In the Buddhist teachings, there is a way of understanding earthly life called samsara: an endless cycle of human births, deaths, and rebirths; a wheel to which we are eternally tethered until we achieve spiritual liberation.
Some Buddhist practitioners take these teachings fairly literally, as part of broader cosmological beliefs; for me, it is simply a helpful illustration of the human struggle. Today, I find myself with an unusually stark awareness of samsara. The election of Donald Trump to the presidency is a fresh iteration of a painful pattern of suffering we have seen before. It is raw and shocking, yet it is also familiar.
Our pain is deep because Trump has demonstrated personal qualities which exemplify what the Buddha called the three poisons: greed, hatred, and delusion. It is important to remember that we all possess these qualities, to some degree. In fact, they are so upsetting in part because we recognize them from our own selves.
In understanding our fellow Americans who supported Trump, the three poisons are also a useful frame:
- greed may have motivated white individuals of wealth and privilege, who hoped to consolidate their material security. It may also have motivated working-class people who feel that their jobs and way of life need to be protected from “outsiders.”
hatred may have motivated some voters, whose fear of the “other” creates racism, sexism, homophobia and misogyny.
delusion is also an important factor for many voters: paranoid or misguided beliefs about government; misinformation created by an unbalanced media diet; or the blind hope that Trump would protect their interests in spite of his myriad personal failings.
Every once in awhile, a moment comes along which is a lightning bolt of awakening. I think this is one of those moments. It is profoundly painful, and we all want to pull the covers back over our head and hide. Yet this is also a moment of awakening—and a moment of fresh commitment. Greed, hatred, and delusion are real. How can we combat these poisons? There are many ways.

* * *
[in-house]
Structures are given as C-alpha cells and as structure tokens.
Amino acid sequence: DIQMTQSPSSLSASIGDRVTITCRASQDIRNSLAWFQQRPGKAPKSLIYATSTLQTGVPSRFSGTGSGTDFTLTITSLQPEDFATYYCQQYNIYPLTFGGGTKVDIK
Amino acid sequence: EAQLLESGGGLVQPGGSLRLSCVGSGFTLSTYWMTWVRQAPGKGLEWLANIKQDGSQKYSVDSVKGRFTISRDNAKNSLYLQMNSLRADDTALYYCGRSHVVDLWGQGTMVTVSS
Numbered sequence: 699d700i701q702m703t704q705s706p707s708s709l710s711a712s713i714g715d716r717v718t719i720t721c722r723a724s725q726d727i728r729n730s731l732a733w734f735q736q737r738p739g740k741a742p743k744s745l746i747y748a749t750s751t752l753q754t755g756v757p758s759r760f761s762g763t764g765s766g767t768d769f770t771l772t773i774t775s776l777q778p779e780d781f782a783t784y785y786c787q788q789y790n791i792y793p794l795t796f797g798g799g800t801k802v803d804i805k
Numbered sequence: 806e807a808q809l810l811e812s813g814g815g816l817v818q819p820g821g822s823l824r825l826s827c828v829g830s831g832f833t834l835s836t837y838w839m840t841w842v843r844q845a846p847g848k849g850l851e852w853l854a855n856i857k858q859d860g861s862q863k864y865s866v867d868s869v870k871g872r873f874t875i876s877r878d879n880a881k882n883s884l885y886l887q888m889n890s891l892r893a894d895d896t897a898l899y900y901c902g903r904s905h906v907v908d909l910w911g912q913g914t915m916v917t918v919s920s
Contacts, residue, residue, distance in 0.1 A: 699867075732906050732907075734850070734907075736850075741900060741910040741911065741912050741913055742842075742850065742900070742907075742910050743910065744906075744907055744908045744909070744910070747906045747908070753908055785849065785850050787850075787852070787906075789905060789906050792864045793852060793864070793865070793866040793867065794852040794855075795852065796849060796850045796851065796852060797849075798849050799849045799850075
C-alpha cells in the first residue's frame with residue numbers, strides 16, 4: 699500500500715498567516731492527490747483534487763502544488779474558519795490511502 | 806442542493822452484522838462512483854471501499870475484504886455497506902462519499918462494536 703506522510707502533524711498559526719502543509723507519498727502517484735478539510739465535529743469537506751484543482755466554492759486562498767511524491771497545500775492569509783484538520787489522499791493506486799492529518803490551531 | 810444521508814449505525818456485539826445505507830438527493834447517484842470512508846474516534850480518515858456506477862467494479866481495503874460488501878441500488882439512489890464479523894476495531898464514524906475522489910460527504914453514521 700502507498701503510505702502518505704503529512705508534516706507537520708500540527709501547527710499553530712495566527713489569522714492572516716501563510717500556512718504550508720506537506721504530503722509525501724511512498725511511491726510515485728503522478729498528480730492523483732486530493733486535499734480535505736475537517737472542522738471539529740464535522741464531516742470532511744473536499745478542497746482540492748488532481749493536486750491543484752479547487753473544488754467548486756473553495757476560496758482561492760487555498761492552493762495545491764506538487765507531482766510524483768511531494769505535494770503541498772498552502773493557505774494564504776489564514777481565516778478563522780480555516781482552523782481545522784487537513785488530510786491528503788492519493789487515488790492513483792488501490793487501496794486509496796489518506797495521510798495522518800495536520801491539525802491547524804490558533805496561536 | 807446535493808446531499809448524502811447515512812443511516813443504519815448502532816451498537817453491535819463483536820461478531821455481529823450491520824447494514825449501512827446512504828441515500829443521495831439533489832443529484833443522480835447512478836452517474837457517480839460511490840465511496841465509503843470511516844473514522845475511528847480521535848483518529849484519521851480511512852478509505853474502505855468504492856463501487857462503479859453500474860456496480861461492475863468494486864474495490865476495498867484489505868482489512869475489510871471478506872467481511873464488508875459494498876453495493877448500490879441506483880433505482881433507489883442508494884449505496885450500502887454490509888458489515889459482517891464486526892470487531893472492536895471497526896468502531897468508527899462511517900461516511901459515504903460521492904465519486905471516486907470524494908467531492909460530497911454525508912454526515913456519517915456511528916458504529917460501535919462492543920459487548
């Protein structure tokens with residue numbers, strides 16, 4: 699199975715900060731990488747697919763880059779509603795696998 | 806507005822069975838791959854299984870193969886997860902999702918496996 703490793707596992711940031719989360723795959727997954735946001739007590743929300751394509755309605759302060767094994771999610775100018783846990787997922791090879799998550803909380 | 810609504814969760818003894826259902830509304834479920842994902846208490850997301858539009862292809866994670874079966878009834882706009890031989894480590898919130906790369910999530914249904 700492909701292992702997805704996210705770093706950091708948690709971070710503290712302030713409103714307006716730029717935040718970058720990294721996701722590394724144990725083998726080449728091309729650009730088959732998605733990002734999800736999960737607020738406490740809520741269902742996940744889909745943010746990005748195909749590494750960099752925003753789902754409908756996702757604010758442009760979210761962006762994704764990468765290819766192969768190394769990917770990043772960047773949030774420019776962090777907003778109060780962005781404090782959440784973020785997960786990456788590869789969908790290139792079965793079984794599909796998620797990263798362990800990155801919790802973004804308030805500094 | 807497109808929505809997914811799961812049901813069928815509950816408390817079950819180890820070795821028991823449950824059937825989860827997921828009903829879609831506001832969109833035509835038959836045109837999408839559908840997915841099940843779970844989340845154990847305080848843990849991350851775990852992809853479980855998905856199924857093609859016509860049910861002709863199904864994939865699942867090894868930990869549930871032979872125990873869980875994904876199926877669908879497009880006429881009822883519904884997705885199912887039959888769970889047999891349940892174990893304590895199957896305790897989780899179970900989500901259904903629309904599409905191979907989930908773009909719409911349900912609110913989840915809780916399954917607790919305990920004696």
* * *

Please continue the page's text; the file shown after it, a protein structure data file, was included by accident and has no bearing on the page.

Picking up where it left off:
Getting back to the Buddha for a second: there’s a happy follow-up to the truth of samsara. The Buddha taught that there was a path out of suffering and that some of us—not all, but some—will work, over the course of many lifetimes, to bring suffering to an end.
That kind of person is called a bodhisattva. Basically, a warrior of compassion. The bodhisattva vows take many different forms, but the one that’s arising for me today is the one we chanted back at Ancient Dragon Zen Gate in Chicago.
Beings are numberless; I vow to free them.
Delusions are inexhaustible; I vow to end them.
Dharma gates are boundless; I vow to enter them.
Buddha’s way is unsurpassable; I vow to realize it.
"While realizing the apparent impossibility of accomplishing these tasks," one Soto Zen website comments, "the practitioner begins to appreciate the opportunity to have such a rich task with which to engage his or her entire life."
Those first two are pretty self-explanatory. The second two are a little trickier, right? But, in our interfaith-post religious language, think of it like this:
There are many paths towards truth; I vow to seek them.
A light dwells within each of us; I vow to uncover it.
The truth can be an excruciating place to live—but nothing wakes us up quite like pain. Today, I won't try to numb the pain. Instead, I take refuge in the deepest teachings I've been fortunate to receive. With the truth of greed, hatred, and delusion staring me in the face, I renew my vow.
I rolled out my yoga mat this morning. Thinking of my African-American violin students, I cried halfway through my Surya Namaskar, or sun salutations. You know what surya namaskar can also be translated to? "Denial of ego; affirmation of faith."
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